by Reader Christopher Ward

Readings: Isaiah 56:1, 6-8; Psalm 67; Romans 11:1-2, 29-32; Matthew 15:10-28

May I speak in the name of Almighty God, Father, Son and Holy Spirit. Amen.

If I had to give a theological name to this Sunday, it would be BOGOF (Buy One Get One Free) Sunday, because, in our Gospel reading, we have not one, but two, magnificent passages of teaching from Jesus, both full of rich imagery and deep nuance.

The background is that Jesus is initially in Gennesaret, where his fame has spread, and many have come to him and been healed simply by touching his cloak.[1] His ministry is in full swing.

Then the Jerusalem religious Establishment appears on the scene in the form of some Pharisees and scribes. They ask Jesus why his disciples break with ancient tradition and do not wash their hands before eating. Jesus does not answer the point directly, but counters by accusing them of hypocrisy; he points out to them that another of the traditions that they embrace runs completely contrary to God’s law on the relationship between children and their parents.[2]

We come in this morning as Jesus takes matters further by publicly articulating an important principle: “Listen and understand,” he told the crowd, “No one is defiled by what goes into his mouth; only by what comes out of it”. The Pharisees, we are told, are greatly offended, no doubt because they thought Jesus was setting aside the food laws set out in the Book of Leviticus. Peter, too, was puzzled, perhaps for the same reason; we know that he was a strict observer of the Jewish dietary laws from his reaction to the vision, recorded in Acts 10[3], that he had much later in Joppa of the sheet filled with all kinds of creatures, and the command from God to kill and eat any of them.

Jesus then explains the parable to the disciples: in essence food is digested and simply nourishes the body, a physical process. But what is said and thought is a moral process and can lead to all sorts of harm. The state of one’s hands when eating is irrelevant in this context. In his rebuke to the Pharisees, Jesus was not setting aside the Law, as they perhaps thought, he was simply debunking a practice that human tradition had allowed to become confused with, or put on a par with, the God-given Law. In modern parlance, the tradition of hand washing was simply ‘guidance’, in legal terms, and the fundamental basis of moral purity was not related to how food was eaten, but rested elsewhere, as Jesus explained.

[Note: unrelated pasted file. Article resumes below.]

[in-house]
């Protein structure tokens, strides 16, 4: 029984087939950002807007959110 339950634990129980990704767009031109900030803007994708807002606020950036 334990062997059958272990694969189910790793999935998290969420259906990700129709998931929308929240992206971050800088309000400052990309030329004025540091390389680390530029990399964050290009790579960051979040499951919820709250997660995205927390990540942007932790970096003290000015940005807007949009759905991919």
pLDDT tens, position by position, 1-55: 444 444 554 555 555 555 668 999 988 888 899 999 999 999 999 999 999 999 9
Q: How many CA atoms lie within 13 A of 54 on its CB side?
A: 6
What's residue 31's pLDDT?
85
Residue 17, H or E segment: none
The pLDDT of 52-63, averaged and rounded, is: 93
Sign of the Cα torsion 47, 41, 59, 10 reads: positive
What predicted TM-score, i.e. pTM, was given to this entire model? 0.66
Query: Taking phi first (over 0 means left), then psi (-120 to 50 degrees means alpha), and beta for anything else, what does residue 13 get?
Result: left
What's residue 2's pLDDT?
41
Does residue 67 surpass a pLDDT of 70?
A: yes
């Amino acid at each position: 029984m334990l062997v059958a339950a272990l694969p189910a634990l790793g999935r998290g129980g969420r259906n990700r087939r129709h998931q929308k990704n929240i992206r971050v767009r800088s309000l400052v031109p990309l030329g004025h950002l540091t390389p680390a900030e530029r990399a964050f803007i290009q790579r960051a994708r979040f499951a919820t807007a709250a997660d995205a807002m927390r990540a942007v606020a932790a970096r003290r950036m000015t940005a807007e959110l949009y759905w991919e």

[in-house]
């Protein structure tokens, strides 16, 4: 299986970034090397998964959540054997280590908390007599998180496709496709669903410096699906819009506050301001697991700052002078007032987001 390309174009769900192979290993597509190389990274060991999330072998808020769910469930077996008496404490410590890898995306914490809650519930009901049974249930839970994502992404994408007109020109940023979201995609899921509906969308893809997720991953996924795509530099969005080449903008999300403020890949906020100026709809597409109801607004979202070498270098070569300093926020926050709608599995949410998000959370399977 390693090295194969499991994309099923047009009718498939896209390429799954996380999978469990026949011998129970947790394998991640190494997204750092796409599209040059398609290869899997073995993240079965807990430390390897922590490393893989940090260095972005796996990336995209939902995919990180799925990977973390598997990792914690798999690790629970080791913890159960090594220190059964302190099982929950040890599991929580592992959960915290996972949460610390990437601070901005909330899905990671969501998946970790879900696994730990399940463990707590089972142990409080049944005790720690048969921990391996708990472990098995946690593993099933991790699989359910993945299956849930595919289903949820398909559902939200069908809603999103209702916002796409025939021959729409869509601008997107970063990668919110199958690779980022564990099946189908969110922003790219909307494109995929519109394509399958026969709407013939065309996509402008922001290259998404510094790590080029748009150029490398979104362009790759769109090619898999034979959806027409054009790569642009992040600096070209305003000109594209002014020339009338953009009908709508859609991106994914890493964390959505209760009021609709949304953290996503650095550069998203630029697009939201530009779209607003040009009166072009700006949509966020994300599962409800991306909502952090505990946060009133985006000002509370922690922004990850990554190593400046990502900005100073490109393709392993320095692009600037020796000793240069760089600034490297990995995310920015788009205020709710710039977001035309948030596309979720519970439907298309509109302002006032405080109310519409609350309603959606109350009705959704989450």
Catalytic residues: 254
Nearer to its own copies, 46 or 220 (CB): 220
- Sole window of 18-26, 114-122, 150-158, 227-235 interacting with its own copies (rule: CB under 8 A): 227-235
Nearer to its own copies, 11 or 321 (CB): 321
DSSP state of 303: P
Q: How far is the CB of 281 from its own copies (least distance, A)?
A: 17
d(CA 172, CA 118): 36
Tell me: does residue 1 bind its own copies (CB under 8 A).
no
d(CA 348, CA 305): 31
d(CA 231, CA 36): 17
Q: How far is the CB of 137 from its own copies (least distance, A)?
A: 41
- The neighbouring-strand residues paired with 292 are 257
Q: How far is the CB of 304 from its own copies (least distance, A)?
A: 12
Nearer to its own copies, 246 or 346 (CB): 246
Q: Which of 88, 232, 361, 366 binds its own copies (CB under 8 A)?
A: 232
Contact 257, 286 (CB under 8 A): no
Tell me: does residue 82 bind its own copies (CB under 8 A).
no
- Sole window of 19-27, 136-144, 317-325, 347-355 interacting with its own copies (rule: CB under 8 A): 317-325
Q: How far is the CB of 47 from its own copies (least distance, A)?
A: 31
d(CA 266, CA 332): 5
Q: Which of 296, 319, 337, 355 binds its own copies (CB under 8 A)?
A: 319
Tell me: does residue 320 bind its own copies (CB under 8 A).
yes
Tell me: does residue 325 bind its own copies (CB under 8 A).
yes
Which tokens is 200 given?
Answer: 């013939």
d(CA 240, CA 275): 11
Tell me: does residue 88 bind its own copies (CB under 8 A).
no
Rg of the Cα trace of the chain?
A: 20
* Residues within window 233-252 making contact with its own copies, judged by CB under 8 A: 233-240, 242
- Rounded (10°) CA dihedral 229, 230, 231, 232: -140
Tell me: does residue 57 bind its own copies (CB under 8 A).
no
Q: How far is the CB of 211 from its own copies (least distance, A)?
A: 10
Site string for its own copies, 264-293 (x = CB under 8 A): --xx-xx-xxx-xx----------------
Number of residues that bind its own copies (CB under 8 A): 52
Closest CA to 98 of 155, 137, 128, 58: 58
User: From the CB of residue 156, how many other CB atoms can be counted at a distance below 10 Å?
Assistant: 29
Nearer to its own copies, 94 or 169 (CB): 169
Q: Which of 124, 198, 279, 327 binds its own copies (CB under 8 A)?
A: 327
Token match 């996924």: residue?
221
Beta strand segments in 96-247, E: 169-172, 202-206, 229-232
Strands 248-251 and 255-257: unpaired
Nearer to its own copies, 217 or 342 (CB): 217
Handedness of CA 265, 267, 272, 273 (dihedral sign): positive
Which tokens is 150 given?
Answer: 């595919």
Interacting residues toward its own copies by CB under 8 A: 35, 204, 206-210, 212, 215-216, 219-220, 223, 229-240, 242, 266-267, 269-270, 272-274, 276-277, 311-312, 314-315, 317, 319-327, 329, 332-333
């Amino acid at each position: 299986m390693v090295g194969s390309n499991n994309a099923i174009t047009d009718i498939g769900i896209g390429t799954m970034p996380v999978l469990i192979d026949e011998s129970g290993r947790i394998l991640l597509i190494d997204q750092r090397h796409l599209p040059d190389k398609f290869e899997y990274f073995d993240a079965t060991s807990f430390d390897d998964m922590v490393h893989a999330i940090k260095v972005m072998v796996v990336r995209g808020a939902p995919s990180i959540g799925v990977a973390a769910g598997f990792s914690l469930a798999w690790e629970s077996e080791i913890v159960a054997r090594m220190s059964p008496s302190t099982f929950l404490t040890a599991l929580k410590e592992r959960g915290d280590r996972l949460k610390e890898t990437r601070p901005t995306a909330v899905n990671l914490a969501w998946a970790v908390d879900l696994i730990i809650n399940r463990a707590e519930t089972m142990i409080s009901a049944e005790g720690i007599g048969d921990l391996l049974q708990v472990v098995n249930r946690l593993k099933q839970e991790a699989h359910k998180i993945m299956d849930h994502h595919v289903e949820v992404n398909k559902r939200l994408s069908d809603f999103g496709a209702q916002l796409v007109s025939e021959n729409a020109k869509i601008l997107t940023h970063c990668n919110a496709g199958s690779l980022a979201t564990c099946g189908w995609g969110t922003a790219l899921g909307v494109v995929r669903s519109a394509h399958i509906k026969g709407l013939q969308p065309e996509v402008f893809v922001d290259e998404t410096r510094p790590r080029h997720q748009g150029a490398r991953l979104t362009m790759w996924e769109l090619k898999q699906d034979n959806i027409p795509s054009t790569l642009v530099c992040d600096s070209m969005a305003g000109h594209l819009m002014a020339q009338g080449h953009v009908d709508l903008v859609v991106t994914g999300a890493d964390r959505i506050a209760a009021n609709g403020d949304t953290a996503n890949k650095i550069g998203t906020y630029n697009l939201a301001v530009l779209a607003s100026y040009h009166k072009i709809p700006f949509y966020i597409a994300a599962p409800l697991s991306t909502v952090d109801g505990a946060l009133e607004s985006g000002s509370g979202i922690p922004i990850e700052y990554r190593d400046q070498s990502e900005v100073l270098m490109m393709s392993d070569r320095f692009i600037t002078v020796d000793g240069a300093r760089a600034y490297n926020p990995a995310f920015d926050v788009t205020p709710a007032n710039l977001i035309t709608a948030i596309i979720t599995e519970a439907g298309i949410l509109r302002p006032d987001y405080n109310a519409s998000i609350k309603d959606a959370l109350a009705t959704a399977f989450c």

Jesus then moves on to the region of Tyre and Sidon, an area and people that Jews would traditionally look on with disdain, not least for the cities’ historic disobedience to God. There he is publicly accosted by a Canaanite woman, seeking his help to heal her sick daughter. At first he simply ignored her, as any Jewish man at the time would likely have done in similar circumstances. But she persists, only for Jesus also to rudely dismiss her second approach, “It is not right to take the children’s bread and throw it to the dogs”. But the woman is not finished, she points out that the dogs eat the scraps from their master’s table, thus demonstrating the extent of her faith in Jesus. Jesus admires her faith, and heals her daughter, just as he had similarly previously healed the servant of the Roman centurion at Capernaum[4].

I think it is significant that both these healing miracles involve people who were not Jewish. It is also significant that Jesus’ teaching on the true basis of moral purity shows it not to be dependent on anything uniquely Jewish. One of the things I believe that we are seeing here is the fulfilment of the prophecy made by Isaiah in the passage set for this morning[5], and the hope expressed by the psalmist, that God is a God not just for Jewish believers, but for all who have faith in Him. In other words, the breadth of the scope of God’s mercy towards us all – Jews and Gentiles alike – is one of the things that underlies this Gospel passage.

So where does this immensely comforting thought leave us, and how do the argument with the Pharisees over ritual washing and the encounter with the Canaanite woman speak to us today? The answer is of course in many ways, but this morning I want to highlight just two – a warning in the first, and a challenge in the second. Both are eloquently captured in the well-known hymn, There’s a wideness in God’s mercy.

The warning is encapsulated in the opening lines of the second verse:

But we make his love too narrow by false limits of our own

And we magnify his strictness with a zeal he will not own.

That was where the Pharisees went wrong in their stance on ritual washing, and as we in the Church, individually and collectively, move forward as the Body of Christ we must be mindful of the risk of making the same mistake.

The challenge is encapsulated in the hymn’s closing lines:

If our love was but more simple, we should take him at his word;

And our hearts would find assurance in the promise of the Lord.

The Canaanite woman certainly showed a simple love for Jesus, and did find that assurance in her heart.

My final question for us today is just four simple words – can we do likewise?



[1] Matthew 14:34-36

[2] A ‘qorban’ vow, by which resources can be withdrawn from secular use and dedicated to God’s use, thus making them unavailable for use to support parents.

[3] Acts 10:9-16

[4] Matthew 8:5-13

[5] In Isaiah 56:3, the prophet writes, “The foreigner who has given his allegiance to the Lord must not say, ‘The Lord will exclude me from his people’.